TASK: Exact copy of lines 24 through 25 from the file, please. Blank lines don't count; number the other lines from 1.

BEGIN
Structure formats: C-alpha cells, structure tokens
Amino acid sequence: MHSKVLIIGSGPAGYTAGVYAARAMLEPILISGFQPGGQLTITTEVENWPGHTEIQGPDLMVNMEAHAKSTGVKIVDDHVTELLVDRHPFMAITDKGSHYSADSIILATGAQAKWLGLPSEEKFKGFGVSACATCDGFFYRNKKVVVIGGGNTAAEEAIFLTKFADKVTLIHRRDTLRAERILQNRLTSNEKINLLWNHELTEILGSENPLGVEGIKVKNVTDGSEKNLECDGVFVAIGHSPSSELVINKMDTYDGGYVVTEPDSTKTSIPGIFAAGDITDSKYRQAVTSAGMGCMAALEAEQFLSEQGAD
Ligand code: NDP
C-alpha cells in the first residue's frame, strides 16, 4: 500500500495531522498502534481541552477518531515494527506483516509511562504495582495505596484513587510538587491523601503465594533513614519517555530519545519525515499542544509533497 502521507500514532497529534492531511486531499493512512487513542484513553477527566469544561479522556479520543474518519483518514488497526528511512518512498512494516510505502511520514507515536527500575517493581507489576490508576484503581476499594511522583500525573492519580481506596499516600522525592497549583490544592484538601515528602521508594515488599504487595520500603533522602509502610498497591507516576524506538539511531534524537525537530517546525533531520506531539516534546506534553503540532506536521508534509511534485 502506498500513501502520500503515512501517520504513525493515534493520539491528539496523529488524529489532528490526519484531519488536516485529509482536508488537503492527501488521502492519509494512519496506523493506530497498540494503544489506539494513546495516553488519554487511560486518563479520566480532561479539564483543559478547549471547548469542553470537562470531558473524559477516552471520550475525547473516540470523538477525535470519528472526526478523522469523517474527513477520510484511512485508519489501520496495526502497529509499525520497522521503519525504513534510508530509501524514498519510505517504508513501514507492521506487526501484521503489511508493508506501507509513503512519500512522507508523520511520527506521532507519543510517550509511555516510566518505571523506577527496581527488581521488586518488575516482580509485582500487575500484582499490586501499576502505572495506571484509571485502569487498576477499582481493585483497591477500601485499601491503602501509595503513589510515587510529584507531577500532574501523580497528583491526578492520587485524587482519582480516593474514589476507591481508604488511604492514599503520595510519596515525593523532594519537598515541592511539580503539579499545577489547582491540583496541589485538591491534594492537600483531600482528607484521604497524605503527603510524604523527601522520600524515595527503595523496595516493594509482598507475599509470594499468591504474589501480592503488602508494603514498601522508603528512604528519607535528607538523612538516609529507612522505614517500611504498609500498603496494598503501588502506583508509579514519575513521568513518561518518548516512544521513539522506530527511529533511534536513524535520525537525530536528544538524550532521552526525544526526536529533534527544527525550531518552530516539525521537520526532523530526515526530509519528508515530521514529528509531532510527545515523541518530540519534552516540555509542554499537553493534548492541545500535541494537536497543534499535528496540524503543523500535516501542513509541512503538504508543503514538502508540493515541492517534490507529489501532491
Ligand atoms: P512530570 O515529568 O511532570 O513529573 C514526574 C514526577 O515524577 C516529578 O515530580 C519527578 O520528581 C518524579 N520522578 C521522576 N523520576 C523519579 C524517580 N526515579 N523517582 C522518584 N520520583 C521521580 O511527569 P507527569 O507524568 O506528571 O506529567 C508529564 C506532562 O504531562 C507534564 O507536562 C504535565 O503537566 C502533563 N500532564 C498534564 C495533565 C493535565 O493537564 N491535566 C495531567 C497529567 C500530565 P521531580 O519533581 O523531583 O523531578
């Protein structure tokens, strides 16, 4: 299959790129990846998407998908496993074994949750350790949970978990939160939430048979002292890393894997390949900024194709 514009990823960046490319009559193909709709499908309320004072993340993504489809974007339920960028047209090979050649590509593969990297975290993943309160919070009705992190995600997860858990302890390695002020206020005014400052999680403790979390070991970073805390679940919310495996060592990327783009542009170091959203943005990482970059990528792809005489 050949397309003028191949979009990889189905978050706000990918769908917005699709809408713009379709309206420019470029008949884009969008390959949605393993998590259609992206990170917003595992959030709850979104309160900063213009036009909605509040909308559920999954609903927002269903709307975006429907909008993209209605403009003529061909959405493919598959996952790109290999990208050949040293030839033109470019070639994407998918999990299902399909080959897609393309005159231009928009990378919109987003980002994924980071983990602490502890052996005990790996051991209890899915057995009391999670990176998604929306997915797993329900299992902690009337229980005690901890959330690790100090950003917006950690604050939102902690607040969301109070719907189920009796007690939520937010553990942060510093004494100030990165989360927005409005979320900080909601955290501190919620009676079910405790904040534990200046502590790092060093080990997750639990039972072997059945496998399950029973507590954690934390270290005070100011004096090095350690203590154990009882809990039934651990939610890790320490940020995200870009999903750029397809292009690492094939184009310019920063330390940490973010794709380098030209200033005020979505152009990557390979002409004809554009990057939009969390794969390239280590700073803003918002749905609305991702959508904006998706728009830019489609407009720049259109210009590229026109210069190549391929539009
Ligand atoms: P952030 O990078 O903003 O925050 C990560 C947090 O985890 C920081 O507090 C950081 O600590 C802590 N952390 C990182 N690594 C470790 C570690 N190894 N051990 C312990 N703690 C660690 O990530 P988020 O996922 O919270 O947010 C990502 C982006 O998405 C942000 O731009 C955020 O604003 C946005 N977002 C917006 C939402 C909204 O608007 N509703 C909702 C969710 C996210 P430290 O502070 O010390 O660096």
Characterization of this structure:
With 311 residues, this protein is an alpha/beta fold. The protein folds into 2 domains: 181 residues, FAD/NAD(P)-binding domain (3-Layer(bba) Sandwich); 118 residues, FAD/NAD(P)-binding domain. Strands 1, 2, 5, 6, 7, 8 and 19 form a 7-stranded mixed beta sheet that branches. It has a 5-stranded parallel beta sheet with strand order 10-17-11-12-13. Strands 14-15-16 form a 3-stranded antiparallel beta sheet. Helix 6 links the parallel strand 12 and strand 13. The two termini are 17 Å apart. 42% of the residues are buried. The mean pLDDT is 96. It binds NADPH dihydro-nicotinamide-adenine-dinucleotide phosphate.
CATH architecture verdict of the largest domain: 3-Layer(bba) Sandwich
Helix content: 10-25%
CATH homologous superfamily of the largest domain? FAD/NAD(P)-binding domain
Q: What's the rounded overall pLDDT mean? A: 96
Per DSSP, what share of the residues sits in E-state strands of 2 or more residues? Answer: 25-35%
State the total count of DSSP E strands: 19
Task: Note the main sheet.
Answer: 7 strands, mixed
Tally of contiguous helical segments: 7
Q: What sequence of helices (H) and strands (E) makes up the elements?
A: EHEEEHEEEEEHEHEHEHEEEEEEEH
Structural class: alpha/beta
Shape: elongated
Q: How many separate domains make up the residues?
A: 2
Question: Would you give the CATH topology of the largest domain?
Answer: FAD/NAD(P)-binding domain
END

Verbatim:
A: 2
Question: Would you give the CATH topology of the largest domain?